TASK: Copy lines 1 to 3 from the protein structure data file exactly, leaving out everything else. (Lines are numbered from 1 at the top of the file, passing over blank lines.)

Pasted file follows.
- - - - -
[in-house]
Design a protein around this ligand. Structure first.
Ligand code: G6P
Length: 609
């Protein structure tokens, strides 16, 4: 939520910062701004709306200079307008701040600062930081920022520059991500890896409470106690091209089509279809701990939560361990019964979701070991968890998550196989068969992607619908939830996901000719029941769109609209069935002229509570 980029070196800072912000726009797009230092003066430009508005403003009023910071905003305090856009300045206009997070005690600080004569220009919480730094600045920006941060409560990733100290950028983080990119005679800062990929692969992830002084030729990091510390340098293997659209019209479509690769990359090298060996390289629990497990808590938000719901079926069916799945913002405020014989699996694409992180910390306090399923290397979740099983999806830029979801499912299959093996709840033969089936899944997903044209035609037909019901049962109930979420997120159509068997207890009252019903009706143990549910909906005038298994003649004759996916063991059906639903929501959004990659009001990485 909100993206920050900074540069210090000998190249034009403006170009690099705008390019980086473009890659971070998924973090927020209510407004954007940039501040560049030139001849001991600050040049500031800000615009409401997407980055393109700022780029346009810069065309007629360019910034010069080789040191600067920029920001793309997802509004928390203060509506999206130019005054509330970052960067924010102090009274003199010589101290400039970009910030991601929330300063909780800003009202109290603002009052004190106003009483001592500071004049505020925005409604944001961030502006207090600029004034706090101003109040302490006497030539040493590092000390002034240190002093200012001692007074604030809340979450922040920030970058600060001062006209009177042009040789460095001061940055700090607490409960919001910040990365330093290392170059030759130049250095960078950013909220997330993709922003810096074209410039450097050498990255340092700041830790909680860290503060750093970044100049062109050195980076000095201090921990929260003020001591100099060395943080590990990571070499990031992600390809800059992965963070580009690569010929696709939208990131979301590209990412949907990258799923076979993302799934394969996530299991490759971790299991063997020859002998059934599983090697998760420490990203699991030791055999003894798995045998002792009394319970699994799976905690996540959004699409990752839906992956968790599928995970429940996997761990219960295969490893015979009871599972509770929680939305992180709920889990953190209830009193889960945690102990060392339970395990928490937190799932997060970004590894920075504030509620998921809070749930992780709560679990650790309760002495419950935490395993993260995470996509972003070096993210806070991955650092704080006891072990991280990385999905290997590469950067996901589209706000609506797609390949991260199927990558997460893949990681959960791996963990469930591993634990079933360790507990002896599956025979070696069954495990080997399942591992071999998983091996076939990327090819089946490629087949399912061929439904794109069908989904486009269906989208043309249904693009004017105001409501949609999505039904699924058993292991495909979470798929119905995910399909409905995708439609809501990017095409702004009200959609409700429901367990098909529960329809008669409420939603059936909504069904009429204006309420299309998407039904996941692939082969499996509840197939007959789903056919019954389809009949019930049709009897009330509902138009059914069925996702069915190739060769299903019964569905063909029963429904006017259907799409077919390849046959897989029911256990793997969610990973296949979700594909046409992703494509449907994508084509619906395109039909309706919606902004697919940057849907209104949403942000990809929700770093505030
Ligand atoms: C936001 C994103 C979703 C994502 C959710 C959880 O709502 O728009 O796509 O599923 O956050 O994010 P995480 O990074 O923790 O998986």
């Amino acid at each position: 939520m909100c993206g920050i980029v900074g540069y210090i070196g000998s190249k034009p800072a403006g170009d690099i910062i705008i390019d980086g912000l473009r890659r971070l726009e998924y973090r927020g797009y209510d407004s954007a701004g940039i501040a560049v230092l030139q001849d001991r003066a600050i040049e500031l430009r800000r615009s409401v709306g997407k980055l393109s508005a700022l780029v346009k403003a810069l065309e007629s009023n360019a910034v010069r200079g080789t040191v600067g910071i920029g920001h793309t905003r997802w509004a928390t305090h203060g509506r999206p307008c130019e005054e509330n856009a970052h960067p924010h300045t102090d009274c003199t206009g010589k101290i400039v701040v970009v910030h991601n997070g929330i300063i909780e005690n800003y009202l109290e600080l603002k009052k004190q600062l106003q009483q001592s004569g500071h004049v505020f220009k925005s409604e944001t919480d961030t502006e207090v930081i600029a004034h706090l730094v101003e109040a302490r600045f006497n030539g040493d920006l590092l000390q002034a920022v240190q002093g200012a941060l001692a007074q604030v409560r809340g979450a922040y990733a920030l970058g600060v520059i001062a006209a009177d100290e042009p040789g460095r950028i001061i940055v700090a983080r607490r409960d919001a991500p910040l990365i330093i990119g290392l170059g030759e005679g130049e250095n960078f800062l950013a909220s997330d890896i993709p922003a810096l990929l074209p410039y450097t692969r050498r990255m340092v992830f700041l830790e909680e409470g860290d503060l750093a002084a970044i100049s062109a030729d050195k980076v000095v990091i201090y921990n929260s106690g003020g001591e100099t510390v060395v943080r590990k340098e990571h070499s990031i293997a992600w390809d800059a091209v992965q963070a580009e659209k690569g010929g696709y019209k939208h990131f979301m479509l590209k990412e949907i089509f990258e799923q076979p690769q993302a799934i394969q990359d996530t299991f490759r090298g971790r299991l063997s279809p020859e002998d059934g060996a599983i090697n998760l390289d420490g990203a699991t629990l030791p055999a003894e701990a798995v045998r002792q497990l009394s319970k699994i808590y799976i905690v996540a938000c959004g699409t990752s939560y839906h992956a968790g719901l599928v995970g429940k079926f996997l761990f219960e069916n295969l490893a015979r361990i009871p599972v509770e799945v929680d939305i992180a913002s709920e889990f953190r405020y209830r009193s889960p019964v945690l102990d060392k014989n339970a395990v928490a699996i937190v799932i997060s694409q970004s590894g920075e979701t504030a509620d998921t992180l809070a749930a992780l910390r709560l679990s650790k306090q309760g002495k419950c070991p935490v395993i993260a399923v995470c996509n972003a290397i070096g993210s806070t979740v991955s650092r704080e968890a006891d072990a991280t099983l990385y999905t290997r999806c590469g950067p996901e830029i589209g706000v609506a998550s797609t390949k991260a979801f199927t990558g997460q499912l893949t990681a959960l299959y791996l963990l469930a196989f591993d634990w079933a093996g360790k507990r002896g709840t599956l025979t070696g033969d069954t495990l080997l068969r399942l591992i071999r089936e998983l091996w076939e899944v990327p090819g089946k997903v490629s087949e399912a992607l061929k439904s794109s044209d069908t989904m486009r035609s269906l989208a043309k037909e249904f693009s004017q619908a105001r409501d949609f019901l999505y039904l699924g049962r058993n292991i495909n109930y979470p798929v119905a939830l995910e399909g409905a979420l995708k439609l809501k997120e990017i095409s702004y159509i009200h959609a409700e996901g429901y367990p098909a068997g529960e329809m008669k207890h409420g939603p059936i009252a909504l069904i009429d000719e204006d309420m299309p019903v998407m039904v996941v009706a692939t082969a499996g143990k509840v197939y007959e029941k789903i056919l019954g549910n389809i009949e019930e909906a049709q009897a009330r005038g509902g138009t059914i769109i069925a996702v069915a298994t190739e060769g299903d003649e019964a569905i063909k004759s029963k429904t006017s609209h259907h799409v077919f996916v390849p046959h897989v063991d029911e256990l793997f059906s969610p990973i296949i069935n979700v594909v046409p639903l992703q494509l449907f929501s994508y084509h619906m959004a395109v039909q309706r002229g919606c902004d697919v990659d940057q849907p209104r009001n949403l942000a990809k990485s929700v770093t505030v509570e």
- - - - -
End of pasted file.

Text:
[in-house]
Design a protein around this ligand. Structure first.
Ligand code: G6P